Two new GM lawsuits seek $10 billion for loss of value due to defective ignition switches.

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GM Sued For $10 Billion As Automaker Approves More Death Claims
Two new GM lawsuits seek $10 billion for loss of value due to defective ignition switches.

— GM has been sued for $10 billion in two proposed class-action lawsuits that accuse the beleaguered automaker of causing a loss of value in 27 million General Motors vehicles.

One lawsuit covers all GM vehicles bought or leased between July 11, 2009 and July 3, 2014. The second lawsuit covers GM vehicles purchased or leased before July 11, 2009, and only those with ignition switch defects.

According to the lawsuits, GM-branded vehicles started losing value in February 2014 and continue to do so, with an example of the 2010-2011 Camaro losing $2,000 in value.

The lawsuits accuses GM of misrepresentation, concealment and non-disclosure of a host of serious safety defects. Further, the lawsuits allege GM knew about the defects but concealed the them and failed to fix the problems.

The second complaint specifically lists the following vehicles purchased or leased before GM's bankruptcy in 2009: (Click a model to read complaints as submitted to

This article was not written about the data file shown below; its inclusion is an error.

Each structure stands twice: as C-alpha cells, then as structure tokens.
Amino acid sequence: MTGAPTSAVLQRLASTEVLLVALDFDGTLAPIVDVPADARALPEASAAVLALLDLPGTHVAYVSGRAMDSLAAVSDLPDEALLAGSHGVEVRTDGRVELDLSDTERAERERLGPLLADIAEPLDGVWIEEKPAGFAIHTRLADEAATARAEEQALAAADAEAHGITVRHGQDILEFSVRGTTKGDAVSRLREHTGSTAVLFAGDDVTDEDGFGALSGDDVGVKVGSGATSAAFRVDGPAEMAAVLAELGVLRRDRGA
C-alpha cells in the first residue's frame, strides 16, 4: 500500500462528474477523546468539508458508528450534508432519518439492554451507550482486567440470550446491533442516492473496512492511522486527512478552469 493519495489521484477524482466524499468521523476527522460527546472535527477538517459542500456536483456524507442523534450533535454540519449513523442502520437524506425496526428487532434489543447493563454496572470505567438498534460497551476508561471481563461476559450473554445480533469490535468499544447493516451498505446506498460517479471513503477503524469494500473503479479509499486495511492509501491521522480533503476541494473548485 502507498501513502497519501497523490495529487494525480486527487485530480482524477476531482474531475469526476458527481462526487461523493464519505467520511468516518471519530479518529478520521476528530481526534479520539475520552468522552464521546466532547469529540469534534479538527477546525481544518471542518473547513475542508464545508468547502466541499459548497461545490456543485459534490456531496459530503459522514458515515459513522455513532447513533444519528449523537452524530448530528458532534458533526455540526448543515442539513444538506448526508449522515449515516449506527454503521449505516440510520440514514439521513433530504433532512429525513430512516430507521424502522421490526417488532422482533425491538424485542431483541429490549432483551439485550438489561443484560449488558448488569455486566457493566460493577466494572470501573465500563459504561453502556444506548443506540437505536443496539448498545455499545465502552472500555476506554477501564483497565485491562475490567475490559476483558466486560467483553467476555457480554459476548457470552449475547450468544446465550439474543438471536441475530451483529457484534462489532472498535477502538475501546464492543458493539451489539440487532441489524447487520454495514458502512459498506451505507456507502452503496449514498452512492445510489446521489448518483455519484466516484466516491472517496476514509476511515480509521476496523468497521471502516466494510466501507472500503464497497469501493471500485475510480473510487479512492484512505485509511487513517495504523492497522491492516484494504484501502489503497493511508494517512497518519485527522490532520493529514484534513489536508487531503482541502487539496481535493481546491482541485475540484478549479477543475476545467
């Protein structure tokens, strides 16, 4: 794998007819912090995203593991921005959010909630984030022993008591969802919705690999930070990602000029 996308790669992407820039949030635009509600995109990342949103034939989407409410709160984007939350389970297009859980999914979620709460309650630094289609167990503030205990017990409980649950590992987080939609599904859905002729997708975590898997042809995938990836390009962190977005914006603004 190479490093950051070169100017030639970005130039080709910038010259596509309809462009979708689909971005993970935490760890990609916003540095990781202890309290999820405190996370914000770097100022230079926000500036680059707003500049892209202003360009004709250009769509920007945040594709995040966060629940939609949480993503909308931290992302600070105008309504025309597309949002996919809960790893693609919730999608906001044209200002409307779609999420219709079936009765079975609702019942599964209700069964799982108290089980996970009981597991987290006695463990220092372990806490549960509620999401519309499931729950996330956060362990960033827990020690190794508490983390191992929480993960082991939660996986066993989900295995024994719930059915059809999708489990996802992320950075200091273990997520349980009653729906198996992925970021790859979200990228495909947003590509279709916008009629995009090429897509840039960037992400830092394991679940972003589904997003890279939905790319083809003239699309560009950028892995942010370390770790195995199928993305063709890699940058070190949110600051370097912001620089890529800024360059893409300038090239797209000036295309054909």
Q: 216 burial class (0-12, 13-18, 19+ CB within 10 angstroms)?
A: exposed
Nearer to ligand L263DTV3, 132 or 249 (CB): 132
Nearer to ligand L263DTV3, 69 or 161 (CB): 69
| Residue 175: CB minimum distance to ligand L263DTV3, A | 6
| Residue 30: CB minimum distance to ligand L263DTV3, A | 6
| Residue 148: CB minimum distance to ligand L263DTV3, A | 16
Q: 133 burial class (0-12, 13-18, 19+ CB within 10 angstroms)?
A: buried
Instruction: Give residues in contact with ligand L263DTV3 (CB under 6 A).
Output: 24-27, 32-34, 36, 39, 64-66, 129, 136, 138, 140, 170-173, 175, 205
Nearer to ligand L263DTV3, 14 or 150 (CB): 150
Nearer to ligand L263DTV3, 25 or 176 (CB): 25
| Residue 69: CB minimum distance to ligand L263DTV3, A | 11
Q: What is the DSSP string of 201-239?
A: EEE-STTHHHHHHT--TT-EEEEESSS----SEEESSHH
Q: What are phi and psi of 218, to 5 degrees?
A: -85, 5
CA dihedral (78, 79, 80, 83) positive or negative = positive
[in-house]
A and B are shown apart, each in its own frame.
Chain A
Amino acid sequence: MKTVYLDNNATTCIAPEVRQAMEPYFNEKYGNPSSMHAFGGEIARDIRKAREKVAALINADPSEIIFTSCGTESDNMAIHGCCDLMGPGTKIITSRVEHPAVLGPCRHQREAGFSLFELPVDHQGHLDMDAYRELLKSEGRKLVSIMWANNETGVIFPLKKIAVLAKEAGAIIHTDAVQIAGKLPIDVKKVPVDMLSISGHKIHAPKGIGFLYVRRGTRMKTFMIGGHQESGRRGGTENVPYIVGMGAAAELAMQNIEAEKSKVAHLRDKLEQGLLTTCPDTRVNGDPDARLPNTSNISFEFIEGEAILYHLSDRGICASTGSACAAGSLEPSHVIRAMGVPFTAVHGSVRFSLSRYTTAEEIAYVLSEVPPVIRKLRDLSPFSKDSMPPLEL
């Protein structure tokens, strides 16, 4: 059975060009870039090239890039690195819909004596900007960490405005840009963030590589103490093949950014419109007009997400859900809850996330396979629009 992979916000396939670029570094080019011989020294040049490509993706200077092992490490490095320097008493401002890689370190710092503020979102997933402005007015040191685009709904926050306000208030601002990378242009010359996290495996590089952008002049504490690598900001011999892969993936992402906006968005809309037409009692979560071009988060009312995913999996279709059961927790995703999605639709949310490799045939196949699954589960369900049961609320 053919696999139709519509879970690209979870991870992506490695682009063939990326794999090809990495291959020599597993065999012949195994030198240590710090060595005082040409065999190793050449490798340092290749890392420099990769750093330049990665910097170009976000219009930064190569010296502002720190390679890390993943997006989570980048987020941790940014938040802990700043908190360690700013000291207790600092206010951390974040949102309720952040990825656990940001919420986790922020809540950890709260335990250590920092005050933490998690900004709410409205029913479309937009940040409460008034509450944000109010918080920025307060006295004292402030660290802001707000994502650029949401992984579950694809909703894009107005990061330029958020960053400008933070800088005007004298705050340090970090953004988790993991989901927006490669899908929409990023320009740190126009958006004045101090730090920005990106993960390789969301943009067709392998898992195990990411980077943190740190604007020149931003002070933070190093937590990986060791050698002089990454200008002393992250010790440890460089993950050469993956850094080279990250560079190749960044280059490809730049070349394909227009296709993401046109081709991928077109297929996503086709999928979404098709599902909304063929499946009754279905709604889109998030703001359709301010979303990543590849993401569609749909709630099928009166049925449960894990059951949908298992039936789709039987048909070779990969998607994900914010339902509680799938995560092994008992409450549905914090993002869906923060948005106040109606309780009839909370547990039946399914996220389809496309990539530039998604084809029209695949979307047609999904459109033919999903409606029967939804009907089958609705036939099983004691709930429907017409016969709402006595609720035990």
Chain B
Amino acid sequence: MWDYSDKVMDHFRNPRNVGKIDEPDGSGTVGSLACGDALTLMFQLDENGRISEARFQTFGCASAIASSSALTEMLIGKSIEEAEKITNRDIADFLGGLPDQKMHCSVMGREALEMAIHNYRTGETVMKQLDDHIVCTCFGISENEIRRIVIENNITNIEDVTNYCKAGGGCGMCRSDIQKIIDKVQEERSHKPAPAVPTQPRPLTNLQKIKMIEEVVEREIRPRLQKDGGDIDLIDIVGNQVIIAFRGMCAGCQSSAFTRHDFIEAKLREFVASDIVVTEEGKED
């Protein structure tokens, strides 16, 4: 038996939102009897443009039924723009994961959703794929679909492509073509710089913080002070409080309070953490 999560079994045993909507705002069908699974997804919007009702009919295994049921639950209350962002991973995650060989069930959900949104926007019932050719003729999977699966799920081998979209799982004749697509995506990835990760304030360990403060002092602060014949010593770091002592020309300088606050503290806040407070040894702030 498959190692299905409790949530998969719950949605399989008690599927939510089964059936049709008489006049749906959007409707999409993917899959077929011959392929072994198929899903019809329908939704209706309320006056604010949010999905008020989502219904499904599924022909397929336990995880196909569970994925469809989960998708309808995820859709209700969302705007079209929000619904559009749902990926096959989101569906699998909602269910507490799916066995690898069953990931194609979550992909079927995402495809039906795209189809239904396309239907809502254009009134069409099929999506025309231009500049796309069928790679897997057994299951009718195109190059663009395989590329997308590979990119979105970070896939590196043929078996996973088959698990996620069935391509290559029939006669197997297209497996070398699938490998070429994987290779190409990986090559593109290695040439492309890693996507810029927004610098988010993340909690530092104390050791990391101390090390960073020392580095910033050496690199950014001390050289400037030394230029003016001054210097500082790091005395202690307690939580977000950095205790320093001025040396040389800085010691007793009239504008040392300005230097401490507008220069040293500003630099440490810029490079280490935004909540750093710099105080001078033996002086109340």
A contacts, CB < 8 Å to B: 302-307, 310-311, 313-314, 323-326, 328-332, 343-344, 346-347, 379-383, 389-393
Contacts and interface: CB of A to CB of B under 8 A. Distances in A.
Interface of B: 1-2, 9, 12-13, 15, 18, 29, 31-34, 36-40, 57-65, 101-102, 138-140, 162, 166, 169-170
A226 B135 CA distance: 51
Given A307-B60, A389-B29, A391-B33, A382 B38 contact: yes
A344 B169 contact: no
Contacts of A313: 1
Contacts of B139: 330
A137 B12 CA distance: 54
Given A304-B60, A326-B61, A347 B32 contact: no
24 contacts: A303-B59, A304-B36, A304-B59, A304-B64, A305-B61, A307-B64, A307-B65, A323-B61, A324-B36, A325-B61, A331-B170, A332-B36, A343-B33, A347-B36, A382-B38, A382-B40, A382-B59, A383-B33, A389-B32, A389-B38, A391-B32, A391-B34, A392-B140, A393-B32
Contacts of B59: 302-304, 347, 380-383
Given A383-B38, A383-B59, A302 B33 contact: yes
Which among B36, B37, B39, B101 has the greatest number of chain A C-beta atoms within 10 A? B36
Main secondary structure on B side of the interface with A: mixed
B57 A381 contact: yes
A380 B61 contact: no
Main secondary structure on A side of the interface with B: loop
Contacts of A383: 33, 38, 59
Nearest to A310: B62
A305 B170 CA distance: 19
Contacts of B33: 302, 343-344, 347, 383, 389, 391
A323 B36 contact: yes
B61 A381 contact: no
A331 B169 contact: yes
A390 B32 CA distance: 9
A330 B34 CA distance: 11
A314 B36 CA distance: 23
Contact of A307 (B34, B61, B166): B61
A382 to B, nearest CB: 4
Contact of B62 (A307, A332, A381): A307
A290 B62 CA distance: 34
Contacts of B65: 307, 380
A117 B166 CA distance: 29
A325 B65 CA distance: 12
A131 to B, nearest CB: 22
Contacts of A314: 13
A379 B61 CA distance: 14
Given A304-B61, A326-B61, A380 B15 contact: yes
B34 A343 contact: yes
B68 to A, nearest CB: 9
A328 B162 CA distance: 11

Read the first lawsuit here and the second complaint here.

With questions about the lawsuits, contact the law firm of Hagens Berman.

29 Death Claims Approved Over Fatalities Related to Ignition Switches

A month ago, General Motors had approved 19 death claims related to defective ignition switches that have caused millions of GM vehicles to be recalled. Today the number of approved death claims is 29 as GM continues to analyze over 1,500 claims submitted to a program to compensate the victims of the deadly ignition switches.

GM created the compensation fund after an admitted 10-year delay in ordering ignition switch recalls caused accidents, injuries and deaths. A simple bump of the knee or a heavy key ring caused the ignition switch to move out of position and shut off the engine. The sudden failure of the engine caused a complete loss of power steering, power brakes and failure of the air bags to deploy in a crash.

A claimant must prove the air bags didn't deploy in a crash involving one of the 2.6 million older model recalled cars. Family members of those who died are eligible for at least $1 million and the spouse or dependent of a deceased victim will qualify for an additional $300,000. Accepting an offer from GM means giving up the right to sue the automaker over the ignition switch.

GM says along with the 29 deaths, the compensation fund has approved payments related to 27 injuries.


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